The politicization of the Federal Reserve continues apace. And no, President Trump isn’t trying to pull some grand last-minute gesture before he leaves office, like trying to fire Jerome Powell or something like that.
Last week, as expected, the Federal Reserve formally joined the Network of Central Banks and Supervisors for Greening the Financial System, the “lone holdout” among the world’s major central banks to join this “forum for central bankers and regulators to come together and discuss how their institutions can ensure their financial systems don’t worsen climate change risks, and how financial institutions might be able to lower those risks,” as the Wall Street Journal described it.
As innocuous as that may sound, it injects the Fed solidly in the middle of what has become increasingly political, namely which companies – and probably, individuals eventually– banks should or shouldn’t lend money or offer their services to.
As we know, several large international banks have been under increasing pressure from shareholder activists to stop making loans to companies in the “fossil fuels” business, namely oil and coal companies and pipeline operators, and the like. And the banks have dutifully buckled under, albeit with a long lead time as to when they will actually cease doing so. Now the Fed will be providing added pressure on the banks to make loans only to those companies favored by the Washington and New York elites – or at least will feel added pressure to do so.
As the Journal noted, “The Senate Democrats’ Special Committee on the Climate Crisis recently issued a report detailing how the Fed and eight other regulatory agencies should penalize investment in fossil fuels and promote green energy. They claim financial institutions are underpricing the risk that carbon-intensive assets will become ‘stranded.’”
But it’s not just the banks’ lending policies that are the target, but the Fed’s as well.
“For some months, Fed emergency support activities related to the coronavirus pandemic have led to the central bank buying the bonds of fossil fuel companies,” the New York Times notes. “Some activists and academics have accused the Fed of giving a lifeline to an industry that is increasing climate risk at the same time officials are trying to reduce those risks.”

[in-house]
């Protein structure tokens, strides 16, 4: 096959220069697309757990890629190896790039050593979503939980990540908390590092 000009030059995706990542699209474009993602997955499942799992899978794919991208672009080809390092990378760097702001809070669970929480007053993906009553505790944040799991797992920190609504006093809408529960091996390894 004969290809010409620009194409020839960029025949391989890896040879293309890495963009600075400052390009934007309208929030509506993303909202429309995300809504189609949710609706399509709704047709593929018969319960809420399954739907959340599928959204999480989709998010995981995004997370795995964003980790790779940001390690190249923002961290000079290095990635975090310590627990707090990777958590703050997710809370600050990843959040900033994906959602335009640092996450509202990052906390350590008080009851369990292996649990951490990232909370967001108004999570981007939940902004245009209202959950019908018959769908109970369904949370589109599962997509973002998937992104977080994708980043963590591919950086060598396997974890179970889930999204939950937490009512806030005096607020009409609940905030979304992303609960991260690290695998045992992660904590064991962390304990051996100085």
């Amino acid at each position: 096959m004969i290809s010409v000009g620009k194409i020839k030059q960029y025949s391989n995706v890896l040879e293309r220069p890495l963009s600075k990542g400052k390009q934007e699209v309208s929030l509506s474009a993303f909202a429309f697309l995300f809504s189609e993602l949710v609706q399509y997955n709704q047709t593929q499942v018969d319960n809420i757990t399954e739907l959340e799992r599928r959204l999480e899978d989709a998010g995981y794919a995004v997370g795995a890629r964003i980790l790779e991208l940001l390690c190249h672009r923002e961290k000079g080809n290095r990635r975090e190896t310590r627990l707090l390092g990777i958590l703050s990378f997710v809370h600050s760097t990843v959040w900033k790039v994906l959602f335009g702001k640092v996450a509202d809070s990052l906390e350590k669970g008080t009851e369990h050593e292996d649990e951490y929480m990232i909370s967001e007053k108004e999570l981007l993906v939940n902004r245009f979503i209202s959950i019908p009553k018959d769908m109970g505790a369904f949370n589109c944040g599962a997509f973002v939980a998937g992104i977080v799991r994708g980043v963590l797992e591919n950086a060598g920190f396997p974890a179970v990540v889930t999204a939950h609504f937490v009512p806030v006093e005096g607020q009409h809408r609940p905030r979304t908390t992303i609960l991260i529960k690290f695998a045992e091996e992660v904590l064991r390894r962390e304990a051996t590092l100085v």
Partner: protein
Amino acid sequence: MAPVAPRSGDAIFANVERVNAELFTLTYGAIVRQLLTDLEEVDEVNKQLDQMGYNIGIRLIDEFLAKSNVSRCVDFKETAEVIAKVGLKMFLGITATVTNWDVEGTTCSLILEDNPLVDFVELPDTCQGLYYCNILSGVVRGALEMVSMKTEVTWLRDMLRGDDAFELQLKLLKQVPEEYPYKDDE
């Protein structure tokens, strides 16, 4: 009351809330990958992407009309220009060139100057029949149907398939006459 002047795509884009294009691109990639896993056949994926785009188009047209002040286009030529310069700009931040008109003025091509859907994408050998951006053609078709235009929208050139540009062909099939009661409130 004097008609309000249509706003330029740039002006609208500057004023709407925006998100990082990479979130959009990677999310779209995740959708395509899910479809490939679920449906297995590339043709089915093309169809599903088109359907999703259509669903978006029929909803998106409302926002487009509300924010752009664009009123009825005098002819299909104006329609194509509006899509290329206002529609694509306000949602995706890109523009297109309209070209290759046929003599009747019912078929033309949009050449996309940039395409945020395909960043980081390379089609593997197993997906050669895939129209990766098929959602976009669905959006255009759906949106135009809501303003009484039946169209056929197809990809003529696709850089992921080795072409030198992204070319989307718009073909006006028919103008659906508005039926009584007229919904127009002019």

The Democrats also want the Fed to “account for [climate] risks in monetary policy, … to buffer the economy from unexpected shocks and achieve maximum employment and price stability,” the Journal notes.
The debate isn’t all one-sided. “The Fed is also starting to face pressure in the other direction, from Republicans who are worried that regulatory changes aimed at making banks reduce their exposure to climate risks could hurt the economy and reduce credit availability,” the Times added. “Fossil fuel finance is a major flashpoint for those on both sides of the issue.”
Although you can bet the Fed will come down on the side of the angels, as Powell himself hinted at last week at his press conference following the Fed’s monetary policy meeting, its last of the year.
Powell prefaced his remarks with the obligatory disclaimer that the Fed is a “nonpolitical agency,” but then went on to say, according to American Banker: “Climate change is an emerging risk to financial institutions, the financial system, and the economy, and we are, like so many others are, in the very early stages of understanding what that means, what needs to be done about it and by whom,” Powell said. “Climate change is relevant to our existing mandates under the law.”
In other words, if the Fed decides it’s not political, then it’s not.
Of course, this won’t be the last polarizing issue that the Fed will find itself taking a stand on going forward.
Let’s not forget that when Joe Biden was running for president, he endorsed a proposal to add a third mandate to the Fed’s current directives of price stability and full employment – that of monitoring “racial equity” throughout the economy. “The Federal Reserve should significantly elevate racial equity as part of its mandate by targeting not just the overall unemployment rate but disparate unemployment rate based on race,” according to the “unity task force” set up by Biden and former presidential candidate Bernie Sanders. “To do so, language in the Federal Reserve Act should be amended to require the Fed chair, in his or her semiannual report, to report not just on macroeconomic conditions, but on the extent of racial employment and wage gaps, and what the central bank is doing to reduce them.”
That was quickly followed up by a Democrat-sponsored bill in Congress to make that the law. The Federal Reserve Racial and Economic Equity Act would require the Fed to take action “to minimize and eliminate racial disparities in employment, wages, wealth, and access to affordable credit.”
So, if you think politicizing the Fed is going to go away when President Trump leaves office, dream on. To paraphrase the Al Pacino character in “Scent of a Woman,” “We’re just getting warmed up.”
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INO.com Contributor - Fed & Interest Rates
Disclosure: This article is the opinion of the contributor themselves. The above is a matter of opinion provided for general information purposes only and is not intended as investment advice. This contributor is not receiving compensation (other than from INO.com) for their opinion.